SINGAPORE - The pace of acquiring skills and new knowledge must intensify as Singaporeans face the reality of having to change jobs every five years, said Education Minister Chan Chun Sing.
He added that about 20 per cent to 25 per cent of Singapore's local workforce of about three million may need to upskill yearly - that is about half a million adult workers every year.
To do this, the definition of success for the education system must change, said Mr Chan in a keynote address at The Straits Times Education Forum 2022 on the evolving role of universities.
The forum was held in partnership with the Singapore Management University (SMU) on Thursday (Feb 10).
Mr Chan said: "The definition of success for our education system cannot be just how well we produce a cohort of 30 to 40 thousand students each year for the job market. It should be how well we do that plus retraining and upgrading about half a million adult learners each year."
Mr Chan went on to detail four points where the education system must change to achieve this new goal.
He said: "First, we need to jettison the concept that we can ever be done with learning."
No amount of education early in life can prepare Singaporeans for work, he added, and only continual learning can help them stay current for the rest of their lives.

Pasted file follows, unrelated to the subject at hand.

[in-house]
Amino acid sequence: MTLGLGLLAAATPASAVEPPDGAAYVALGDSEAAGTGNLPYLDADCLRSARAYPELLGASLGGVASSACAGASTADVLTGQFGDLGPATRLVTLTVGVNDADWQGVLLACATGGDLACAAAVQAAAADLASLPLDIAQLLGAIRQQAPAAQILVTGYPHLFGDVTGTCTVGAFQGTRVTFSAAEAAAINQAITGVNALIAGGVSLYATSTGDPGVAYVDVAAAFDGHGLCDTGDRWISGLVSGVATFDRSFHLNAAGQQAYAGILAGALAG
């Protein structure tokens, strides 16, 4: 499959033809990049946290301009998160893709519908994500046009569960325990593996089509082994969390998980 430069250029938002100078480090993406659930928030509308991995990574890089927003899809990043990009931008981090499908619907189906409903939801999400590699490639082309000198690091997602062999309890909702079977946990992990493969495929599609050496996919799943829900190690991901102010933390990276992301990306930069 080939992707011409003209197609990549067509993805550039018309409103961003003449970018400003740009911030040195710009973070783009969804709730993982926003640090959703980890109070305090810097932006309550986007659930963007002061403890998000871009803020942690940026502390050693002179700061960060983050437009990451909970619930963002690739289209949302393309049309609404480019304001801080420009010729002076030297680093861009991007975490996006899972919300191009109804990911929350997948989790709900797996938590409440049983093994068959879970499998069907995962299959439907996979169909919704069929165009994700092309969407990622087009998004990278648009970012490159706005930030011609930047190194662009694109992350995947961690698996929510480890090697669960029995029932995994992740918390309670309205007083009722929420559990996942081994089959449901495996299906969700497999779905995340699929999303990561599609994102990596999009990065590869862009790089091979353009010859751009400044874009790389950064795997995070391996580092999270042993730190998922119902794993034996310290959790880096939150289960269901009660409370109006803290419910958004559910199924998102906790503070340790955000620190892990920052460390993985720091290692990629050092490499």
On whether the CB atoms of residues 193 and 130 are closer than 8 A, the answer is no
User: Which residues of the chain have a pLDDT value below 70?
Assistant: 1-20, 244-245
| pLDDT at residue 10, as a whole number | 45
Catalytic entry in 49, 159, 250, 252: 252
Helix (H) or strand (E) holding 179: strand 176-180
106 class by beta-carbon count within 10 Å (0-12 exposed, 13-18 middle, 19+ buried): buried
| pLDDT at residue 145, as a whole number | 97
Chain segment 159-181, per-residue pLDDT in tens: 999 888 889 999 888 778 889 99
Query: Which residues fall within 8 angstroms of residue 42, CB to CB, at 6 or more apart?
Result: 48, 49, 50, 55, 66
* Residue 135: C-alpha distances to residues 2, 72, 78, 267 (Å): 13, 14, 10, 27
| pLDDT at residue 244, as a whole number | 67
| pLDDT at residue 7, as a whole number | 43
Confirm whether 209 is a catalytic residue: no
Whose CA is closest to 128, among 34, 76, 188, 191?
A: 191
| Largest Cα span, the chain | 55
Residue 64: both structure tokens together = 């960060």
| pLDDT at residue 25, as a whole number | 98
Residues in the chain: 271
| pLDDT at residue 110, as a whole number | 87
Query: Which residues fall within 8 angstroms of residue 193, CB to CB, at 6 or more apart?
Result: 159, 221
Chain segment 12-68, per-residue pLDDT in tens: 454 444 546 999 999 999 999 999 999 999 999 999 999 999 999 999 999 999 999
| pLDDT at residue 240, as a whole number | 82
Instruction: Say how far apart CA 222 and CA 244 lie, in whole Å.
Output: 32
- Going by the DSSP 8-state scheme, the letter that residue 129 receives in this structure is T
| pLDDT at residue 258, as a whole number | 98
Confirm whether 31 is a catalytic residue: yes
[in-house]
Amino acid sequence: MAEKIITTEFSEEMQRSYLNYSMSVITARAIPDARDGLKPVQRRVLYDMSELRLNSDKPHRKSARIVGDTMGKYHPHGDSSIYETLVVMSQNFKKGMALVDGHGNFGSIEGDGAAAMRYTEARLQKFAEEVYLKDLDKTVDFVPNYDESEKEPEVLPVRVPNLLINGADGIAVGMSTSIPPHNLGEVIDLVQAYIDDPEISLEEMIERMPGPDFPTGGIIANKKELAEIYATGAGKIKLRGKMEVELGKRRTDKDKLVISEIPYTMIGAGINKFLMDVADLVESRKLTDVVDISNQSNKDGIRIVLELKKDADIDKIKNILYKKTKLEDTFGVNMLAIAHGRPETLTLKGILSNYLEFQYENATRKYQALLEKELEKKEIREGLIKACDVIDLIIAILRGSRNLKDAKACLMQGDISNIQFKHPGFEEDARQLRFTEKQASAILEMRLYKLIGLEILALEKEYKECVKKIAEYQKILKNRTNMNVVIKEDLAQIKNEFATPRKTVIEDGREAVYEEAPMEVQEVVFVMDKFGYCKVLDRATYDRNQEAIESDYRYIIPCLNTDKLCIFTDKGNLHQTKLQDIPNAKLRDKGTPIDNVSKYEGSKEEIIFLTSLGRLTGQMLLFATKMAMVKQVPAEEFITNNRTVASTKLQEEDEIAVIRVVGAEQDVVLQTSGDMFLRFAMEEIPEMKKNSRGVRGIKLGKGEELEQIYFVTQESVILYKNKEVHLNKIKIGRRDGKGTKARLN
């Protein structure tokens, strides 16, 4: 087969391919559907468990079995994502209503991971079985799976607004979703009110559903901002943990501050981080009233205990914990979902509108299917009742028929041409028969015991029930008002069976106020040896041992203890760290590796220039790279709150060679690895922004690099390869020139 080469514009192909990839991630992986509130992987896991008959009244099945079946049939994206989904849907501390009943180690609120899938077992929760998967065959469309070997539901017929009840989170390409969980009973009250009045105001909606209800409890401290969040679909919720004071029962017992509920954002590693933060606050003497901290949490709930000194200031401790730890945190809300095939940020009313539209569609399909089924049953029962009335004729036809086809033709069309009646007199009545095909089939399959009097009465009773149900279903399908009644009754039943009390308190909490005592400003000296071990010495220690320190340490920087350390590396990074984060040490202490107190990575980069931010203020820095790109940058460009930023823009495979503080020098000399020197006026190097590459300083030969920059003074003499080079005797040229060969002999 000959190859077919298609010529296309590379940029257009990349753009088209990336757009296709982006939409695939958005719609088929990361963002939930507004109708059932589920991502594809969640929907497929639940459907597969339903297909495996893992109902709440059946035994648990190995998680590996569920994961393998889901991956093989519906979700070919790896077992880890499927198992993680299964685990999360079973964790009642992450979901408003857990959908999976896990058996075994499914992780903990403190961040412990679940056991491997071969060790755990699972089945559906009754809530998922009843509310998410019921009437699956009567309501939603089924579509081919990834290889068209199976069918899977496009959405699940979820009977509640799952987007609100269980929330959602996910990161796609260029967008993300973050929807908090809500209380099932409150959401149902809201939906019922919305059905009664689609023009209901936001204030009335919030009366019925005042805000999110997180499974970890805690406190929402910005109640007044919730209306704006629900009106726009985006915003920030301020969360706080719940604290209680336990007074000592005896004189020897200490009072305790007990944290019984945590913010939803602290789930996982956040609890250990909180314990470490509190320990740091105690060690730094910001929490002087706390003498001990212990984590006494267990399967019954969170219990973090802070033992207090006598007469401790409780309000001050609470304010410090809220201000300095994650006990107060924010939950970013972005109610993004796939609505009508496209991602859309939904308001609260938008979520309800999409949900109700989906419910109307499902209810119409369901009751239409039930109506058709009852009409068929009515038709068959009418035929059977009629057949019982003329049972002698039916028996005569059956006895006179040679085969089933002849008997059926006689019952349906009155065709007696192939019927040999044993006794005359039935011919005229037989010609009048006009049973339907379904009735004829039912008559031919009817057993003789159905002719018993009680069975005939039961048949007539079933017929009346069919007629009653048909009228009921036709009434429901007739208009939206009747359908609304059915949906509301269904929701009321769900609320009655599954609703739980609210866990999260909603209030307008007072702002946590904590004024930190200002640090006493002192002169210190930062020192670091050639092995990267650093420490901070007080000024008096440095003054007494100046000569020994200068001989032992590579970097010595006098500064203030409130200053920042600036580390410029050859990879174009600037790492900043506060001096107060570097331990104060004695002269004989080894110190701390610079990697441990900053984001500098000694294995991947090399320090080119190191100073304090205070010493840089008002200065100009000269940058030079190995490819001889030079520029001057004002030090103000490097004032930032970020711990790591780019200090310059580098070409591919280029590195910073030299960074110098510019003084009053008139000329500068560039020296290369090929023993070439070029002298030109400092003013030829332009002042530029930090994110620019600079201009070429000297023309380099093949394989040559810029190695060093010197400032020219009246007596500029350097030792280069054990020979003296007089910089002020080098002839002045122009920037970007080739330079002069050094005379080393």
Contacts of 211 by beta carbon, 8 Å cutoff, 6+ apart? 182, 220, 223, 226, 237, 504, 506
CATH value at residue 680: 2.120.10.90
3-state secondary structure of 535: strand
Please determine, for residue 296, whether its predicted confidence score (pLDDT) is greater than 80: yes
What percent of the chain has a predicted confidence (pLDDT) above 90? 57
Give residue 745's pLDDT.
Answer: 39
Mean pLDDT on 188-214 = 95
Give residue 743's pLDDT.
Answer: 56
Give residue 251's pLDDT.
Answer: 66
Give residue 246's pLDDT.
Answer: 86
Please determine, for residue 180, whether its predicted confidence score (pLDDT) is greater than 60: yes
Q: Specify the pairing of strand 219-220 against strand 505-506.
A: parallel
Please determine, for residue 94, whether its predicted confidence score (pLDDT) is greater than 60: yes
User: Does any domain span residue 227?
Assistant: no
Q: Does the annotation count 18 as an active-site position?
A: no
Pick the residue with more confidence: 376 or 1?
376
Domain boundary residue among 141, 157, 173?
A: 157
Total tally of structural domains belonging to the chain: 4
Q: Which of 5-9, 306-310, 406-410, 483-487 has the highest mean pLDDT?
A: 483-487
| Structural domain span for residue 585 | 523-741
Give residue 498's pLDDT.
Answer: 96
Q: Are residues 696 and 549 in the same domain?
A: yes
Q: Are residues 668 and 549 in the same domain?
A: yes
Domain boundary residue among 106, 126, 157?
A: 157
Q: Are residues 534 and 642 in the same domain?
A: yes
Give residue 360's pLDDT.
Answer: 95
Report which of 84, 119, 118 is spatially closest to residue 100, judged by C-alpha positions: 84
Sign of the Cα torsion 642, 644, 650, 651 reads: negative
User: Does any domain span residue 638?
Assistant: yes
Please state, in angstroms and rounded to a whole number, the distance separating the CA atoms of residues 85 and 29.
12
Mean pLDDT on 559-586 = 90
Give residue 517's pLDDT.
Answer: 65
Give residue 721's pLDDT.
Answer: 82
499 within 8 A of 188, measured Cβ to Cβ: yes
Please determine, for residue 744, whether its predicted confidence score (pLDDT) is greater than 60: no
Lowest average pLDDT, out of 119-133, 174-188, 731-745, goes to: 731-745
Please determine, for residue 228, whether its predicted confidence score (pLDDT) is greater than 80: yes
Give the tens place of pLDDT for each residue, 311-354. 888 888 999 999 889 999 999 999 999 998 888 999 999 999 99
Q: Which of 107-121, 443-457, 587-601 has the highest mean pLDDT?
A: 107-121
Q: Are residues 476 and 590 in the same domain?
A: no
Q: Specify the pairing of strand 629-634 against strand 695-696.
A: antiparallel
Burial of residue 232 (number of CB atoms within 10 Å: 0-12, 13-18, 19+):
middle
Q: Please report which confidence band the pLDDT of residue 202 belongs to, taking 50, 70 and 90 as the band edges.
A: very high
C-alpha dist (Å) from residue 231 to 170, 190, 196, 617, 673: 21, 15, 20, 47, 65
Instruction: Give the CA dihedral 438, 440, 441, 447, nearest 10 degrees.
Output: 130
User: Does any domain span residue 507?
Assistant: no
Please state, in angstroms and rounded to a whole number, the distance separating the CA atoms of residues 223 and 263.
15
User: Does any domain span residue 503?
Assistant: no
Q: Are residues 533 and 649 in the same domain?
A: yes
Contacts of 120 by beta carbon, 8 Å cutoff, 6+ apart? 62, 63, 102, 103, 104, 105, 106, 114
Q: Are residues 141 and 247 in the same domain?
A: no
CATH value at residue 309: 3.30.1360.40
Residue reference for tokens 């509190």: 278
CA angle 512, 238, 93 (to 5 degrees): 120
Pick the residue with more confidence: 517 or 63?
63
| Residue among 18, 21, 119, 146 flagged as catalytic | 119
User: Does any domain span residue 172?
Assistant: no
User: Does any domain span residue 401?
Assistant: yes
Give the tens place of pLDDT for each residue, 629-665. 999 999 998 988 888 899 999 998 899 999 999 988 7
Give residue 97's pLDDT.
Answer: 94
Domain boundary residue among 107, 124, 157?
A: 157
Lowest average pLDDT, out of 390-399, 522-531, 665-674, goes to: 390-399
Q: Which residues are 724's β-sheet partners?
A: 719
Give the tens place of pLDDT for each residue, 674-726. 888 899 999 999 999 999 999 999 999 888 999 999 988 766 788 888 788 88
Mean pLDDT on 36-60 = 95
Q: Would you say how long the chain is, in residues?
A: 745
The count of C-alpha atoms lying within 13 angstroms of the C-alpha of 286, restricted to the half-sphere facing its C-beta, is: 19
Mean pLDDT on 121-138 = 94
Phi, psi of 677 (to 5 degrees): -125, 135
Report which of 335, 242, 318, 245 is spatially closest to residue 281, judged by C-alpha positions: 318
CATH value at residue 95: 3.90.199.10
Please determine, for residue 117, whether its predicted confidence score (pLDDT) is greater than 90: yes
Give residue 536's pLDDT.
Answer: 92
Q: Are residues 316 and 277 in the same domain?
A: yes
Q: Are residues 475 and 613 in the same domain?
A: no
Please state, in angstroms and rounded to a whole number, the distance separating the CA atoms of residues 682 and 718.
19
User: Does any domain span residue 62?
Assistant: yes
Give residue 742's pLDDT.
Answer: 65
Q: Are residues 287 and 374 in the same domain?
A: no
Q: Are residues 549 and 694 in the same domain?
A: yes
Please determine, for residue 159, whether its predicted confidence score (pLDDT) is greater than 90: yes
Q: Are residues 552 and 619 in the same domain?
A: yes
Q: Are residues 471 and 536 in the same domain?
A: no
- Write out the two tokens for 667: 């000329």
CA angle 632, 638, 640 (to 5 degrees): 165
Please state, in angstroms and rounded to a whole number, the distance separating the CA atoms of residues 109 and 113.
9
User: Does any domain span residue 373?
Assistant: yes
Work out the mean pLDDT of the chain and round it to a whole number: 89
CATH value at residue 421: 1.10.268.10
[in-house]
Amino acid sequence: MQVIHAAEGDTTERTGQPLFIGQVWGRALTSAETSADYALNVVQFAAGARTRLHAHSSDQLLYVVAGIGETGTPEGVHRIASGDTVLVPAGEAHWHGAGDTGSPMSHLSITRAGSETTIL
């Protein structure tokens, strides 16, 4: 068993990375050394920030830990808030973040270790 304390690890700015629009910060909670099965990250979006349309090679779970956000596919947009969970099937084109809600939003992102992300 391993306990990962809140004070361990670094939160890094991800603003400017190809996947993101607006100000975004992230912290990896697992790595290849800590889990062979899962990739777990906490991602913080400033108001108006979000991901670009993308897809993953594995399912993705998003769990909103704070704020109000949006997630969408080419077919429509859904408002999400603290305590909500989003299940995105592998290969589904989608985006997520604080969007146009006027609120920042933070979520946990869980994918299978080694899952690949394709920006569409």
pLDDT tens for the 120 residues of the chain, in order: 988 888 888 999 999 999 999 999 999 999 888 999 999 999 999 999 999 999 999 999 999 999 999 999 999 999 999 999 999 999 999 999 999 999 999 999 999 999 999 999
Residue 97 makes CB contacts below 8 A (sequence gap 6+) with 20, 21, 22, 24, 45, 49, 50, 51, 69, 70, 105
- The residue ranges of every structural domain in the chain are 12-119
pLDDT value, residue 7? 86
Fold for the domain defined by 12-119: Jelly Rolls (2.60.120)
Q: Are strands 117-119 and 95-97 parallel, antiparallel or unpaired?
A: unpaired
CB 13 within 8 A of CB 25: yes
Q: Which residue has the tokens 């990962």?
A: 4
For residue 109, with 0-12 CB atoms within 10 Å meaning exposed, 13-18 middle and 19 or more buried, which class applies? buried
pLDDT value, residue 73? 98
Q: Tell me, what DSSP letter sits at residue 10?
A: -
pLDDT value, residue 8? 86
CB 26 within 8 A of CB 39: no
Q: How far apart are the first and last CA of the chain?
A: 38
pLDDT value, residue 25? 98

Second, Singapore must let go of the idea that there is a pre-defined pathway to success.
He said: "Success is never static. It matters less how many of our students in a particular cohort go to universities and polytechnics or the Institute of Technical Education at a particular point in their lives.
"It matters more, much more, how many of our students can acquire the appropriate degrees, diplomas, graduate diplomas and even stackable modules and micro-credentials throughout and at relevant points in their lives, to meet their ever-evolving life cycle needs."
Mr Chan added that a "lifetime participation rate" in training and education is a more appropriate description of what the education system wants to achieve at large, rather than the current practice of measuring cohort participation rates at the various institutes of higher learning here.
Third, skills and knowledge must be constantly combined and recombined to create value in a quickly evolving market.
He said: "The skills to learn, learn fast, unlearn, and relearn, become more important than getting a particular grade at a particular point in life."
The skills to collaborate across different disciplines, cultures and perspectives to create something new is now more important than ever before, he said.
Mr Chan added that flexible modules across multiple disciplines that allow students to pivot across sectors have become even more important.
He gave the example of the Singapore Management University's plan to give some students the choice to design their own curriculum and build their own degree courses.
And fourth, Mr Chan said the education system needs to shorten the time to market for skills and knowledge.
He added that there must be faster movement from frontier research, leading industrial technology and breakthrough market practises to academia and back to the market.
He said: "This defines our competitiveness as a people and system."
To achieve this, the education system must sharpen its approach to internships, academia and industrial collaborations, as well as alumni engagement, he added.